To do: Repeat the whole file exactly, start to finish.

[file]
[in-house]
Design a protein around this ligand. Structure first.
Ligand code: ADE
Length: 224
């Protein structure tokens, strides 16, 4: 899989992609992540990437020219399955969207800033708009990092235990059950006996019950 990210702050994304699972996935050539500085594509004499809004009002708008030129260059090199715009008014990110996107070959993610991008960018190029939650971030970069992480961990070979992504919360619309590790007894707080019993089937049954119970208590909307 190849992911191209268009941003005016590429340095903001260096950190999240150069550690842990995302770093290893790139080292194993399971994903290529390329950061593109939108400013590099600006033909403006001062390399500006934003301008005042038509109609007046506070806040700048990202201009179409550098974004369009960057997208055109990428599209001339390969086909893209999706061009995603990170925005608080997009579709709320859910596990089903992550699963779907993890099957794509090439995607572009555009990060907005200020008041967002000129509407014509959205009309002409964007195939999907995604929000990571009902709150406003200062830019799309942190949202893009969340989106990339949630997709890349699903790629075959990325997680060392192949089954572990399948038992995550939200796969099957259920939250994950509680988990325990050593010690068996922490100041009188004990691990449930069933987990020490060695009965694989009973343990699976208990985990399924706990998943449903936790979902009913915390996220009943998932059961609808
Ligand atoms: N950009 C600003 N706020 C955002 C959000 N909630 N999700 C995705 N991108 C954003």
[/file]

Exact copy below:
[in-house]
Design a protein around this ligand. Structure first.
Ligand code: ADE
Length: 224
């Protein structure tokens, strides 16, 4: 899989992609992540990437020219399955969207800033708009990092235990059950006996019950 990210702050994304699972996935050539500085594509004499809004009002708008030129260059090199715009008014990110996107070959993610991008960018190029939650971030970069992480961990070979992504919360619309590790007894707080019993089937049954119970208590909307 190849992911191209268009941003005016590429340095903001260096950190999240150069550690842990995302770093290893790139080292194993399971994903290529390329950061593109939108400013590099600006033909403006001062390399500006934003301008005042038509109609007046506070806040700048990202201009179409550098974004369009960057997208055109990428599209001339390969086909893209999706061009995603990170925005608080997009579709709320859910596990089903992550699963779907993890099957794509090439995607572009555009990060907005200020008041967002000129509407014509959205009309002409964007195939999907995604929000990571009902709150406003200062830019799309942190949202893009969340989106990339949630997709890349699903790629075959990325997680060392192949089954572990399948038992995550939200796969099957259920939250994950509680988990325990050593010690068996922490100041009188004990691990449930069933987990020490060695009965694989009973343990699976208990985990399924706990998943449903936790979902009913915390996220009943998932059961609808
Ligand atoms: N950009 C600003 N706020 C955002 C959000 N909630 N999700 C995705 N991108 C954003």